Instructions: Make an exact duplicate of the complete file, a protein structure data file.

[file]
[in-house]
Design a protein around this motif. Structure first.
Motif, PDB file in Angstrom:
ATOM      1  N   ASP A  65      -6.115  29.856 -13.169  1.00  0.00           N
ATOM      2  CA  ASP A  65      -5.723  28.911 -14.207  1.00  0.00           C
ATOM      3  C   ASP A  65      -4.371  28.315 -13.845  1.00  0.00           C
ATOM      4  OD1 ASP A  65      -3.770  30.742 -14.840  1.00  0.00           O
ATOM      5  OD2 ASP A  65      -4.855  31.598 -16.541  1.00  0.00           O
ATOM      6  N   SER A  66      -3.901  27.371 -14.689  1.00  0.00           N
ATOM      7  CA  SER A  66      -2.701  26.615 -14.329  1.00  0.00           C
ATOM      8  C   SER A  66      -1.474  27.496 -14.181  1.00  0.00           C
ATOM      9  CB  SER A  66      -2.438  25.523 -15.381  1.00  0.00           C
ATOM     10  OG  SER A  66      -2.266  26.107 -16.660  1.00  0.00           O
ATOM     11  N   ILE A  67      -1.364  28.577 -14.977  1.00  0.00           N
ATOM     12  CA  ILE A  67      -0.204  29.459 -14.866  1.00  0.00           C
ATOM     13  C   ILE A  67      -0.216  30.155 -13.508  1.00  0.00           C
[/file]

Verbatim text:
[in-house]
Design a protein around this motif. Structure first.
Motif, PDB file in Angstrom:
ATOM      1  N   ASP A  65      -6.115  29.856 -13.169  1.00  0.00           N
ATOM      2  CA  ASP A  65      -5.723  28.911 -14.207  1.00  0.00           C
ATOM      3  C   ASP A  65      -4.371  28.315 -13.845  1.00  0.00           C
ATOM      4  OD1 ASP A  65      -3.770  30.742 -14.840  1.00  0.00           O
ATOM      5  OD2 ASP A  65      -4.855  31.598 -16.541  1.00  0.00           O
ATOM      6  N   SER A  66      -3.901  27.371 -14.689  1.00  0.00           N
ATOM      7  CA  SER A  66      -2.701  26.615 -14.329  1.00  0.00           C
ATOM      8  C   SER A  66      -1.474  27.496 -14.181  1.00  0.00           C
ATOM      9  CB  SER A  66      -2.438  25.523 -15.381  1.00  0.00           C
ATOM     10  OG  SER A  66      -2.266  26.107 -16.660  1.00  0.00           O
ATOM     11  N   ILE A  67      -1.364  28.577 -14.977  1.00  0.00           N
ATOM     12  CA  ILE A  67      -0.204  29.459 -14.866  1.00  0.00           C
ATOM     13  C   ILE A  67      -0.216  30.155 -13.508  1.00  0.00           C